Gentiana scabra is a well-known and well-studied bitter herb that has been found to demonstrate inhibitory, antibiotic-like effects (also similar to antibiotics, this cold, bitter herb can have a negative impact on digestion with prolonged use). Coptis is another bitter herb that drains dampness and guides qi to the Heart and Stomach, and it brings harmony to the Fire element by sedating excess heat and resolving constrained toxins that can damage the Blood and Heart. A related bitter Western herb—Oregon grape root—also contains berberines and is applied for supporting the digestive and immune systems. The bitter flavor of Oregon grape is used in Five Flavors Herbs' G.I. Feel Better Tincture for digestion in conjunction with other herbs to optimize digestive function.
Sweet is the flavor of Earth. The sweet taste tonifies, harmonizes, moistens, contains Fire, and guides qi to the Spleen. Sweetness as referenced in classical Chinese texts described the flavor of grains (such as rice and millet) and meats, rather than the simple sugars we find in modern foods. Sweet is gentle, nourishing, and suitable for most everyone.
Children especially desire naturally sweet foods as they continue to strengthen their digestive systems. Their affinity for sweet flavors is also a built-in mechanism to protect them from harsh or poisonous foods that can cause harm to their young developing bodies. Most tonic herbs, such as licorice, astragalus, and jujube dates, will have a flavor profile that includes sweetness. Sweet herbs and traditional formulations such as Gui Pi Tang may facilitate concentration, alleviate mental restlessness, and support a restful sleep.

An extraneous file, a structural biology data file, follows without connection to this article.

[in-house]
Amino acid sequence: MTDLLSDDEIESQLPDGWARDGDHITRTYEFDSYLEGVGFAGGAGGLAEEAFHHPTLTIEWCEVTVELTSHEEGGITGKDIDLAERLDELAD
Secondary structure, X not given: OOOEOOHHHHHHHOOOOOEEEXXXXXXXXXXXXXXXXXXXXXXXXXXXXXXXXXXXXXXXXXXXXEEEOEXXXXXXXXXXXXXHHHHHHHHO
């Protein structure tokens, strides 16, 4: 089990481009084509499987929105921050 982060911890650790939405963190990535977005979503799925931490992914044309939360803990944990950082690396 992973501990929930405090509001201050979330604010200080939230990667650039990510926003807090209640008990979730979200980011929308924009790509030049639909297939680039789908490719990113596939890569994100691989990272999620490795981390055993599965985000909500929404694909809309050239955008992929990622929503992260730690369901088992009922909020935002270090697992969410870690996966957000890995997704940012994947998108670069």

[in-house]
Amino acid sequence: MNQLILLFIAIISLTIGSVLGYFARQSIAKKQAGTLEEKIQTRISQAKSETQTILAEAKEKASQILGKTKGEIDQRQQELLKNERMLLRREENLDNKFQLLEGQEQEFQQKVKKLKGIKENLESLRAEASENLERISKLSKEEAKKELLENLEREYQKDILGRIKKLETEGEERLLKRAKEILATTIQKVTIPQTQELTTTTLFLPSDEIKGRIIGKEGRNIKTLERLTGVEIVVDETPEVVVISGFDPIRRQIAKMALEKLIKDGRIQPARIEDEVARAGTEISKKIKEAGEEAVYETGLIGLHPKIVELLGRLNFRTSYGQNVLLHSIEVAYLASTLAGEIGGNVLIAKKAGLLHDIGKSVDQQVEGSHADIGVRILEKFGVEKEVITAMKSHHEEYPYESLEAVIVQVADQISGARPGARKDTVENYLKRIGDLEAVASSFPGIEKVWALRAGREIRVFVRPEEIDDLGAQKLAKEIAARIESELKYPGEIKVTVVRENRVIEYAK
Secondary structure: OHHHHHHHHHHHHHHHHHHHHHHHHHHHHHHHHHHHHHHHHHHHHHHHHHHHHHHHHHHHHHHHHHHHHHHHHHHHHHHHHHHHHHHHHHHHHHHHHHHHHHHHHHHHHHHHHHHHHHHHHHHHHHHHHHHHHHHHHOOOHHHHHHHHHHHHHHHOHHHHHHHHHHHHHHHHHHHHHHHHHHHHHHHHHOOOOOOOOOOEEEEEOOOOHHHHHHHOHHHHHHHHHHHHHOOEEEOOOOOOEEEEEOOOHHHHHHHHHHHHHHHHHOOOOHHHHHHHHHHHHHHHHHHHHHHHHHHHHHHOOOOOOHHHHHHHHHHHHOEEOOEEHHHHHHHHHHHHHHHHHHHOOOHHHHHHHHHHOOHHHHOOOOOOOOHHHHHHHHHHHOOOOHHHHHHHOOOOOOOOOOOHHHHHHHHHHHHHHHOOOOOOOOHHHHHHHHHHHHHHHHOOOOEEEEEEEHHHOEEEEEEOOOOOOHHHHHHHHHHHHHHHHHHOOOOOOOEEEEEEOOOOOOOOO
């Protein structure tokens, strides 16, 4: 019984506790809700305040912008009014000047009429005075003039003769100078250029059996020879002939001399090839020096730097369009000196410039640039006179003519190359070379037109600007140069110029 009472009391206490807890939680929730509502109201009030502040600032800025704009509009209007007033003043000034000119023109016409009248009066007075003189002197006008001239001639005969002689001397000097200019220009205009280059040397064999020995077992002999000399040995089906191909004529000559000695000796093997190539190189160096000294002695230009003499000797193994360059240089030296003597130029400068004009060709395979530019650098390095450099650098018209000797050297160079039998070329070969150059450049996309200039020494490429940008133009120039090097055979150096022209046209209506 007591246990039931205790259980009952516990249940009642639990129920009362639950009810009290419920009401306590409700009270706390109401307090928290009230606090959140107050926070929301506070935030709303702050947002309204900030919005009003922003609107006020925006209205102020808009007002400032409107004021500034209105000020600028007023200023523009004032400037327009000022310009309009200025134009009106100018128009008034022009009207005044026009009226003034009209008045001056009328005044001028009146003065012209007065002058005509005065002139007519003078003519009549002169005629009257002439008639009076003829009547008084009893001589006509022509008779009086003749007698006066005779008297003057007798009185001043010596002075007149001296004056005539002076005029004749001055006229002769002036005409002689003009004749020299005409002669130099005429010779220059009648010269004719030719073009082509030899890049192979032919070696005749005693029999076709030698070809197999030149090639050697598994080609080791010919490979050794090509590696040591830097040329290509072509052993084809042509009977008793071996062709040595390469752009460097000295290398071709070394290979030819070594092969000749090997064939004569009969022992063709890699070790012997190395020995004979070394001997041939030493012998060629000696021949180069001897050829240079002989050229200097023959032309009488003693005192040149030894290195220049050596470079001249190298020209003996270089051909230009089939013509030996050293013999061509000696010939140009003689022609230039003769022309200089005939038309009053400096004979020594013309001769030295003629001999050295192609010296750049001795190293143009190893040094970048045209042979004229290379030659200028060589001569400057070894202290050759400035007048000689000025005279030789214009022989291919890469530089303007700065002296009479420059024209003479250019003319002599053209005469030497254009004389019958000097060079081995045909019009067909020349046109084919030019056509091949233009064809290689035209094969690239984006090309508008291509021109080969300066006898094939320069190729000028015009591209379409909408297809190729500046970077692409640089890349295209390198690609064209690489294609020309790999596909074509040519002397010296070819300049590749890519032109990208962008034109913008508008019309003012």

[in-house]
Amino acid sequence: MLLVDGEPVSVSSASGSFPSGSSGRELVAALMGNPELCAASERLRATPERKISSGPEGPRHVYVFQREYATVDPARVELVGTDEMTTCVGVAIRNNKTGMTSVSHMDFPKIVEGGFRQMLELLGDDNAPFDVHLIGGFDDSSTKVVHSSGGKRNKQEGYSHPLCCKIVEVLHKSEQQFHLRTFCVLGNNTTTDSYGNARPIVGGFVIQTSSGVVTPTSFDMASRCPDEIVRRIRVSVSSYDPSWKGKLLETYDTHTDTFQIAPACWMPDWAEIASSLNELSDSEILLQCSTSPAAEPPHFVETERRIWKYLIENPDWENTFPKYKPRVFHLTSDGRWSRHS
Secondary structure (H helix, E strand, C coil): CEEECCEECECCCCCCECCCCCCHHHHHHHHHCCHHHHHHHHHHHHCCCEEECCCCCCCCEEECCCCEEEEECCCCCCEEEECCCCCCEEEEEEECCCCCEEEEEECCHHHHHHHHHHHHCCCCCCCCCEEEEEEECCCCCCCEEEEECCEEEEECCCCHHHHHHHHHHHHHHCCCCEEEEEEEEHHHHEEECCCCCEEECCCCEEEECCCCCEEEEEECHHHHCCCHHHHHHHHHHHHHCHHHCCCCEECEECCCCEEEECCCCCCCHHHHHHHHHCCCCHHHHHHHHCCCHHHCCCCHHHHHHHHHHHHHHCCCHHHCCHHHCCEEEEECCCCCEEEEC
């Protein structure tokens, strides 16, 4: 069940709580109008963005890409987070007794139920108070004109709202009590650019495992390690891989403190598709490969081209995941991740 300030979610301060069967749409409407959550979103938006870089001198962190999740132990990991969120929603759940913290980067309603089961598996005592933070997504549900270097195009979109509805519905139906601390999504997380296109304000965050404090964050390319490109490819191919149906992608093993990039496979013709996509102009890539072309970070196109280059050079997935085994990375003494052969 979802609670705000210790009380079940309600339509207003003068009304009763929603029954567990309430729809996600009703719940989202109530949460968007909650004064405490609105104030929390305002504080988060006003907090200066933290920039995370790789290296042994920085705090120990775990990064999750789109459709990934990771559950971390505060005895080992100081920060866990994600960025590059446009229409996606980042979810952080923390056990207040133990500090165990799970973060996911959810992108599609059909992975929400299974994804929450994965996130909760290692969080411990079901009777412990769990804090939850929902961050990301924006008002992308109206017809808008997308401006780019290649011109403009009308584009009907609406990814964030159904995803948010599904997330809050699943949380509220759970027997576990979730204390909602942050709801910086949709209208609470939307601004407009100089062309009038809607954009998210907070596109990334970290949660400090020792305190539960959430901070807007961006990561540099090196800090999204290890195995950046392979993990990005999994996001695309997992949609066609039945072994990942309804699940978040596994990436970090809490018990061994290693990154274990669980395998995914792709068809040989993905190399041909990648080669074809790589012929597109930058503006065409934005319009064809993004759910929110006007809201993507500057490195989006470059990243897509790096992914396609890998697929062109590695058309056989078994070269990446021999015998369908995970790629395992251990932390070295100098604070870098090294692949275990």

Acrid is the flavor of Metal. It disperses and moves accumulations of fluids like Blood, can act as a diaphoretic, and guides qi to the Lungs. Acrid can also be described as pungent or spicy, as it can have a burning or numbing effect. Acrid is commonly characterized as both a taste and a smell because of the impact it has on the nose, which happens to be the sense organ of the Metal element. Acridity is utilized to disperse congested mucous in the nose, which is why we include acrid herbs in our Clear Passage tincture for the sinuses and our Respiratory Recoup tincture for the Lungs. Acrid also helps the body vent out harmful influences.
Acrid herbs are essential for alleviating physical discomfort of the muscles and skeleton from injury or overuse (as they do in our Pain in the… Tincture for occasional soreness) or to soothe discomfort from Blood stagnation (as in our Full Moon Tincture with herbs for menstrual cramps). The acridity of rosemary brings improved circulation to the brain—hence our inclusion of it in our Clarity Tincture for focus and increased alertness. Other examples of acrid herbs are peppermint, cinnamon, bupleurum, peony, Sichuan pepper, and ginger.